Protein drug may help end baldness
A discovery regarding a hair-loss protein in the scalp may bring new hope for bald men.
Drugs that block activity of the protein could provide effective treatments for male pattern baldness.
But they will probably only prevent further hair loss rather than reverse existing baldness.
Scientists made the discovery after carrying out tests on scalp tissue from more than 22 men with male pattern baldness, also known as adrogenic alopecia (AGA).
Tissue from bald areas of the scalp had three times more PGD2 than tissue from "hairy" areas.
Adding the protein to follicles in the laboratory blocked hair growth in both humans and mice. The researchers pinpointed the molecular "receptor" in follicles that allowed PGD2 to exert its effects.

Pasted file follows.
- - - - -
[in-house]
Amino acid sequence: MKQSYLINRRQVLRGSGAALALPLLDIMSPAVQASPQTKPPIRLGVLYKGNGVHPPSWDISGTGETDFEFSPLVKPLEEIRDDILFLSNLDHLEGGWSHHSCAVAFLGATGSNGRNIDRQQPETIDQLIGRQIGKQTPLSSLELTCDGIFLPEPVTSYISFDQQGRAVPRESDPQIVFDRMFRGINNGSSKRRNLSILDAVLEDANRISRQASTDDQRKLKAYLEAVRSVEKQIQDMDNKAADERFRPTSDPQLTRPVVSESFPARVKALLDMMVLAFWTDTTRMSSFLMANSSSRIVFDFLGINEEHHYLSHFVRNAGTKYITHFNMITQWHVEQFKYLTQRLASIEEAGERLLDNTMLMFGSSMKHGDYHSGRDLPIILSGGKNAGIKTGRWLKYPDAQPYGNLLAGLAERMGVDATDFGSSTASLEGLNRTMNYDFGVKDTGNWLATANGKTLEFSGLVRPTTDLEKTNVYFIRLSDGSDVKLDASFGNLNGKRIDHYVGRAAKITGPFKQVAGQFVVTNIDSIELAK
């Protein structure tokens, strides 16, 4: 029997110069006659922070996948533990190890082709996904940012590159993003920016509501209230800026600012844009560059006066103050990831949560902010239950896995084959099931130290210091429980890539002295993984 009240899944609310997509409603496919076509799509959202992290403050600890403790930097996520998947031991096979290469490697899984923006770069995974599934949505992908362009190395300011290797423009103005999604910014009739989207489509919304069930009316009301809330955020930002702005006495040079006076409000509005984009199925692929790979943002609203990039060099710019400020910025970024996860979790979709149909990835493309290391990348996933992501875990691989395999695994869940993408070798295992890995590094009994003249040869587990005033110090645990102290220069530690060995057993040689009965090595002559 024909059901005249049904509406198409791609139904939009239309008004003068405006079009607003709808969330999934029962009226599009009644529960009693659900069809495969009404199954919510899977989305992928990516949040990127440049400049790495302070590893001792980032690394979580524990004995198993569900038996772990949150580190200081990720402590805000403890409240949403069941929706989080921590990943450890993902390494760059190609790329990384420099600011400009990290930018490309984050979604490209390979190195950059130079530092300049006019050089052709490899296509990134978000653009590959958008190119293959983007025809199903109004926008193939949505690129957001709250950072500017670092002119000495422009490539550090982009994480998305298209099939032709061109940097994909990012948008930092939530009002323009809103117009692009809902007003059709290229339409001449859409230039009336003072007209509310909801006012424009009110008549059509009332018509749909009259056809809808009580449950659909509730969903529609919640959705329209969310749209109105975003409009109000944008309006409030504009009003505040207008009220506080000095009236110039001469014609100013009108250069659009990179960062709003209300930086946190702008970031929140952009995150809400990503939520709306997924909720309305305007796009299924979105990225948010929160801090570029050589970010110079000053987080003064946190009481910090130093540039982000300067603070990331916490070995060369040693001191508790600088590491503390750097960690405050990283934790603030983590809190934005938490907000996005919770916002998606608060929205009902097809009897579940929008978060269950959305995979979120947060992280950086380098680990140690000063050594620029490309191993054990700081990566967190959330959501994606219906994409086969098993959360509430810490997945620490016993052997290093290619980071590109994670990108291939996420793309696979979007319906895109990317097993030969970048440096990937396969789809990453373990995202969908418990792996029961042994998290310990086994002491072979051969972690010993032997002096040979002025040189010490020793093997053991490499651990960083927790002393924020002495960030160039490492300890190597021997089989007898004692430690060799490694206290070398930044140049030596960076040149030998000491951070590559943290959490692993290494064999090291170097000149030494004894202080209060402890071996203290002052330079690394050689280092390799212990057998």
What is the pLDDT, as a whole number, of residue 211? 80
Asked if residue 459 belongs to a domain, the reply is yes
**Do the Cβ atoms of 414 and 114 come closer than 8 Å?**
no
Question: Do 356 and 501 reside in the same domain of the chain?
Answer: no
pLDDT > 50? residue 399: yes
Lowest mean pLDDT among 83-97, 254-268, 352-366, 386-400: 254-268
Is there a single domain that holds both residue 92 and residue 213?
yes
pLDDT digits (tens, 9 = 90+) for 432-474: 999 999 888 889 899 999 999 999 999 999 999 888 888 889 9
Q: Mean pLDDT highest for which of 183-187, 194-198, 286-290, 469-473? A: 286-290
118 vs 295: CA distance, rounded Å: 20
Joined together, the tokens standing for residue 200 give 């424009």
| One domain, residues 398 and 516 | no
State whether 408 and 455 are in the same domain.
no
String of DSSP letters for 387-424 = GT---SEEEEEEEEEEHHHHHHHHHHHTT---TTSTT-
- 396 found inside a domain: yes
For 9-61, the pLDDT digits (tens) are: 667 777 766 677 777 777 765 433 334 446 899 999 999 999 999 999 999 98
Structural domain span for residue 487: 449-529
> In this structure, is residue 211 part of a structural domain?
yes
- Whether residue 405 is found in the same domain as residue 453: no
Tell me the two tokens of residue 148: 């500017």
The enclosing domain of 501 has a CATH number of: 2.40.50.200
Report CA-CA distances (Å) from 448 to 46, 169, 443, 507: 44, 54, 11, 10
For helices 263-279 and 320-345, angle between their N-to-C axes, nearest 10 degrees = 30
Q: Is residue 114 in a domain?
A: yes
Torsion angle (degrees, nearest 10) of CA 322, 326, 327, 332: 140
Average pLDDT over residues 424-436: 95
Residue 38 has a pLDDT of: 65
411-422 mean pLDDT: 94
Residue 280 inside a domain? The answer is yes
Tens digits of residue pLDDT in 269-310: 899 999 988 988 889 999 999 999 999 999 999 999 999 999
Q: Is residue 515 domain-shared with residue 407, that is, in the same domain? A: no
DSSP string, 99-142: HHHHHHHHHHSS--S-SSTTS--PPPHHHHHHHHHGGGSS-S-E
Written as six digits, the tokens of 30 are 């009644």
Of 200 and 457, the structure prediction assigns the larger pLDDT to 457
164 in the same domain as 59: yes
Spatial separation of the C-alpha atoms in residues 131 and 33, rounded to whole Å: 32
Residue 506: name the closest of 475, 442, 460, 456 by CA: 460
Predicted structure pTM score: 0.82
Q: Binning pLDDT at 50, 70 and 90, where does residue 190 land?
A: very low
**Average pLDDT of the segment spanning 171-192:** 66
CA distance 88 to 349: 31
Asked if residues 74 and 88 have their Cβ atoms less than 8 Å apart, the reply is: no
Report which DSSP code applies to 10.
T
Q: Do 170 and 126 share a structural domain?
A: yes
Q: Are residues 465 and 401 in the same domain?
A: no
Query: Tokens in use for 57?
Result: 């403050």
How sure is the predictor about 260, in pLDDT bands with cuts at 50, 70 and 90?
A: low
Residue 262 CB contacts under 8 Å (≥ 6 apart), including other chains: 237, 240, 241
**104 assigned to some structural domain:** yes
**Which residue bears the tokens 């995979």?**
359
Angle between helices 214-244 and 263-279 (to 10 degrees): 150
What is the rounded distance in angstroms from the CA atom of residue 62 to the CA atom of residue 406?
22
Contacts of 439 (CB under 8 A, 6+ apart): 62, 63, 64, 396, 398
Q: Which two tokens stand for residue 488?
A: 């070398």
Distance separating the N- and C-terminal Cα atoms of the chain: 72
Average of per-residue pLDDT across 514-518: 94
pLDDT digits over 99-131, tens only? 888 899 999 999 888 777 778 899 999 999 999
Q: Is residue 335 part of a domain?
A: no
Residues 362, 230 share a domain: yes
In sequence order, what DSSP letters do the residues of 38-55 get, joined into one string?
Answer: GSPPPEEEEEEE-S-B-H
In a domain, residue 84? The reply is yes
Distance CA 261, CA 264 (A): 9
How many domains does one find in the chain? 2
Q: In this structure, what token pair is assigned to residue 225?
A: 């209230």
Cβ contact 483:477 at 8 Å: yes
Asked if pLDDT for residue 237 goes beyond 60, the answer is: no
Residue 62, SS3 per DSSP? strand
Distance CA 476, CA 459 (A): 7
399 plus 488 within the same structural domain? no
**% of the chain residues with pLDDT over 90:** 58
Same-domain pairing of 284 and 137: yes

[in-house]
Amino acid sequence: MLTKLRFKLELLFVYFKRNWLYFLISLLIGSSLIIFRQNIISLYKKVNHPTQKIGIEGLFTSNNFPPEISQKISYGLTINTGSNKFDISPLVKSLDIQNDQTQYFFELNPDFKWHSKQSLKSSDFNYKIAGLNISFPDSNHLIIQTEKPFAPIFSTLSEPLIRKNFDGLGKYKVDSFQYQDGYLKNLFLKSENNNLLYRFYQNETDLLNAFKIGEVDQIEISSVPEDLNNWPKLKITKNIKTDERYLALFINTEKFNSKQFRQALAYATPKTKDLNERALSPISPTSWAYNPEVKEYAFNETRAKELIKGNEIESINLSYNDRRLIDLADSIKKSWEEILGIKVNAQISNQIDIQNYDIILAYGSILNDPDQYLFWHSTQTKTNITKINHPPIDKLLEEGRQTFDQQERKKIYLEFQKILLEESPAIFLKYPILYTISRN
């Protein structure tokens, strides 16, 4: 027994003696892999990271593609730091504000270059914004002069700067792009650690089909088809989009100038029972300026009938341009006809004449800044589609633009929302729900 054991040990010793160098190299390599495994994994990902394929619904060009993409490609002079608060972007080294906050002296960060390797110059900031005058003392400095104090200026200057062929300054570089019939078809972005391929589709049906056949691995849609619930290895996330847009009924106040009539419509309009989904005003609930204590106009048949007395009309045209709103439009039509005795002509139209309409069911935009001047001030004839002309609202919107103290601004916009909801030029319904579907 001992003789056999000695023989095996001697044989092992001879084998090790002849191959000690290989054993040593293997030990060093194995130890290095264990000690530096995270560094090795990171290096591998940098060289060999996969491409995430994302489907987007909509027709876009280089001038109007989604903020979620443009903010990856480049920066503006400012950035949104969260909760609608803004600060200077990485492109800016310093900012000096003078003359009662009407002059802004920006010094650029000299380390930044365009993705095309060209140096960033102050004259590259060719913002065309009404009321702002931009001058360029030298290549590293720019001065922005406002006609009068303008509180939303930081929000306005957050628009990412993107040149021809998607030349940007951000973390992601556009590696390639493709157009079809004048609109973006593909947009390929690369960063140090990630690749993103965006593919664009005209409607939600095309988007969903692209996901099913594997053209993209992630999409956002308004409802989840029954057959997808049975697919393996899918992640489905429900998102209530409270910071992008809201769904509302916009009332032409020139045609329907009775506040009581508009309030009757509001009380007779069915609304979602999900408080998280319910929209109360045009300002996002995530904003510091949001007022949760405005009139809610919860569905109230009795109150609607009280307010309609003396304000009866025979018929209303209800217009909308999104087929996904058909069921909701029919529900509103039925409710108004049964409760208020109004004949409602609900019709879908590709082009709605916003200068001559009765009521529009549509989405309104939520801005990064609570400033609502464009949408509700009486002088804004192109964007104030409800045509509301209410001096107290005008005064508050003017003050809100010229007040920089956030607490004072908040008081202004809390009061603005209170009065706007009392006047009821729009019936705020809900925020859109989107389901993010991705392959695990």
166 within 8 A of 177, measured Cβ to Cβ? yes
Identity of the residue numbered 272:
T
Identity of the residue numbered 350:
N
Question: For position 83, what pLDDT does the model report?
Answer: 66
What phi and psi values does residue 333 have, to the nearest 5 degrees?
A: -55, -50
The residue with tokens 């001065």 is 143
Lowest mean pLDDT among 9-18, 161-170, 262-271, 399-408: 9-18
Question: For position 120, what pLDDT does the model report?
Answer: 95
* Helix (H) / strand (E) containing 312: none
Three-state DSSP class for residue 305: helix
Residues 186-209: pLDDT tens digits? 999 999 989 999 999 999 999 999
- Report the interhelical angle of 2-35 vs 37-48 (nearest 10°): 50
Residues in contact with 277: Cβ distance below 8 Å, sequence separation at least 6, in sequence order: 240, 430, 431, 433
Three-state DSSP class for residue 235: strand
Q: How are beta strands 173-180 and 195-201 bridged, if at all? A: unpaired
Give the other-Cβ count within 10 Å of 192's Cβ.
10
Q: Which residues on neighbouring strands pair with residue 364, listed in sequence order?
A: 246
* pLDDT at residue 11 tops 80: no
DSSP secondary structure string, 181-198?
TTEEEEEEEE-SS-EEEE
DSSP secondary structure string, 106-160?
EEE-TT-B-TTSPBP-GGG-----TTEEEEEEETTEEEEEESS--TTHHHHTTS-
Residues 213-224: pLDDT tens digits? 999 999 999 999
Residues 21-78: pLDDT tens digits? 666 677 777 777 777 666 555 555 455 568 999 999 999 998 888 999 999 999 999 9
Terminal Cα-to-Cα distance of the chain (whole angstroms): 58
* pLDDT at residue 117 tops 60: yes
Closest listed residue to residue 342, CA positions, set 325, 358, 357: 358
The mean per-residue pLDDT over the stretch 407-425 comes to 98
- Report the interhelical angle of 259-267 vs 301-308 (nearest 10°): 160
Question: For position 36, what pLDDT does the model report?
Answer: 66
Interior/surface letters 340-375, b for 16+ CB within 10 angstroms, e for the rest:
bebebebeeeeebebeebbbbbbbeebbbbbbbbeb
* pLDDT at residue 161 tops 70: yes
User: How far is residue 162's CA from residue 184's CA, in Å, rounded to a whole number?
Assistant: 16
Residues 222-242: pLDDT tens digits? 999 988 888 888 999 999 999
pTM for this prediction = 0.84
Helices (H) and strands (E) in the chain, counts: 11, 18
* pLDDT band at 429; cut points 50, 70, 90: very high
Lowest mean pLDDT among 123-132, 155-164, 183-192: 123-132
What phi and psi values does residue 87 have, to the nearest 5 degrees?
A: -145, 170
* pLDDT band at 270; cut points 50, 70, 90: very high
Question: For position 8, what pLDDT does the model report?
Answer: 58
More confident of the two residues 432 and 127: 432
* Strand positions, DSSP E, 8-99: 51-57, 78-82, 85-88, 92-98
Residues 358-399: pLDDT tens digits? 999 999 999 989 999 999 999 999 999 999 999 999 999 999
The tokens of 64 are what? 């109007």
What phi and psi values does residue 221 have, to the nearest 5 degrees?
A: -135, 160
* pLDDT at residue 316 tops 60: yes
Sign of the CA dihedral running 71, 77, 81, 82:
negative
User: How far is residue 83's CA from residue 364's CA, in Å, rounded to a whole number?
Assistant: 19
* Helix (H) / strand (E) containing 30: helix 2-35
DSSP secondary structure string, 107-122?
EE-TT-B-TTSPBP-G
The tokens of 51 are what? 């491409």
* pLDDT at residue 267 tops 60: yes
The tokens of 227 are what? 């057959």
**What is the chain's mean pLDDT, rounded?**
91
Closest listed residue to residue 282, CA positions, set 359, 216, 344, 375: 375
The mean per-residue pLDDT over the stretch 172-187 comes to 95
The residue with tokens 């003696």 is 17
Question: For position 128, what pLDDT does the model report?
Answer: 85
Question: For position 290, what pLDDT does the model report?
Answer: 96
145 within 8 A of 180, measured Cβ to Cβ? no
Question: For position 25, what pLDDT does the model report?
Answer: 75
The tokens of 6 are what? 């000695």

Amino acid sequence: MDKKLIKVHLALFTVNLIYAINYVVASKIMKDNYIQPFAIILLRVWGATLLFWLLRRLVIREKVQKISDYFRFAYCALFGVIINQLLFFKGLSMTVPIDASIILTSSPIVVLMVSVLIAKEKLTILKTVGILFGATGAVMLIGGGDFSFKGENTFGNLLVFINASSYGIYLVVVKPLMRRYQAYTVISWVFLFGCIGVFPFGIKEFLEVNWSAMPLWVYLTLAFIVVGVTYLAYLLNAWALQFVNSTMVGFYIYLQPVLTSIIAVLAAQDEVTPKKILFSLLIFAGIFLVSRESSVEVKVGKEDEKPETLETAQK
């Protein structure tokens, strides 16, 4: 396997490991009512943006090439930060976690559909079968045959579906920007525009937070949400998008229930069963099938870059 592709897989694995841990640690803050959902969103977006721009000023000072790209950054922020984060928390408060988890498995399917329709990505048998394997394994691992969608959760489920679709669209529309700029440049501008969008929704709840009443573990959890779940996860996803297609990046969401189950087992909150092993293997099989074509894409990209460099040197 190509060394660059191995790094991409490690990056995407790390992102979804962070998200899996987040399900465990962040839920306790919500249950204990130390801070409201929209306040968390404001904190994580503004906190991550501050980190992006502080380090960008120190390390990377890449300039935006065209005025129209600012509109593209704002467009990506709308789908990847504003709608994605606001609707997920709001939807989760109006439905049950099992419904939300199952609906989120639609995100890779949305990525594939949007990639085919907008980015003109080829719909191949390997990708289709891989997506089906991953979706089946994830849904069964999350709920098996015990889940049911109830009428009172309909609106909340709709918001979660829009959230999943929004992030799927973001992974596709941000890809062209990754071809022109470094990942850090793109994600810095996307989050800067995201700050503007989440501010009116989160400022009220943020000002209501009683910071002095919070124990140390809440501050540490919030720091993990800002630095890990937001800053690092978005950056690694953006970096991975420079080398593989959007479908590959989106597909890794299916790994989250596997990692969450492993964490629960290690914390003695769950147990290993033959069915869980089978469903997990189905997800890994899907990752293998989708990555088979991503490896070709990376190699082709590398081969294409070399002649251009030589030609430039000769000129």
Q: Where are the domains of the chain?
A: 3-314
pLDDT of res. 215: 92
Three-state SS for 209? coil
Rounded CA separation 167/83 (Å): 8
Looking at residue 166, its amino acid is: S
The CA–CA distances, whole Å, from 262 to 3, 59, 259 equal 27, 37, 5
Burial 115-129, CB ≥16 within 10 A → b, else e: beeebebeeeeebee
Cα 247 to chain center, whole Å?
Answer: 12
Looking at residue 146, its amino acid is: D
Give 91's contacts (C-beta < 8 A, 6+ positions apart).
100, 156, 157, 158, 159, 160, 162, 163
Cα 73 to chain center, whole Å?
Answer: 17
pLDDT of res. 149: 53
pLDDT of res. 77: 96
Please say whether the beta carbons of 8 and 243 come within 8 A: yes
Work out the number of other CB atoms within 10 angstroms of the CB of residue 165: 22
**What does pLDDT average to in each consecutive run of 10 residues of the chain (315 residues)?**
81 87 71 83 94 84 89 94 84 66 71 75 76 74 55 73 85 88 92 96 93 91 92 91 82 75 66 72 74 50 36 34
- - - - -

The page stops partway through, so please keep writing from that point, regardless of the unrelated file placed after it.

Around 10 drugs that block the receptor have already been identified, and could provide the basis of new targeted treatments. They are likely to be in the form of "topical" creams or ointments.
The US researchers, led by Professor George Cotsarelis wrote in the journal Science Translational Medicine: "Our findings should lead directly to new treatments for the most common cause of hair loss in men, AGA.
"The potential for developing these compounds into topical formulations for treating AGA should elicit great interest moving forward."
The findings also suggested another approach which involved boosting a different prostaglandin protein, PGE2.
Multiple mechanisms may be responsible for male pattern baldness, said the scientists.
But while suppressing PGD2 may help those in the process of going bald, it was "unclear whether men who are already bald will regrow hair".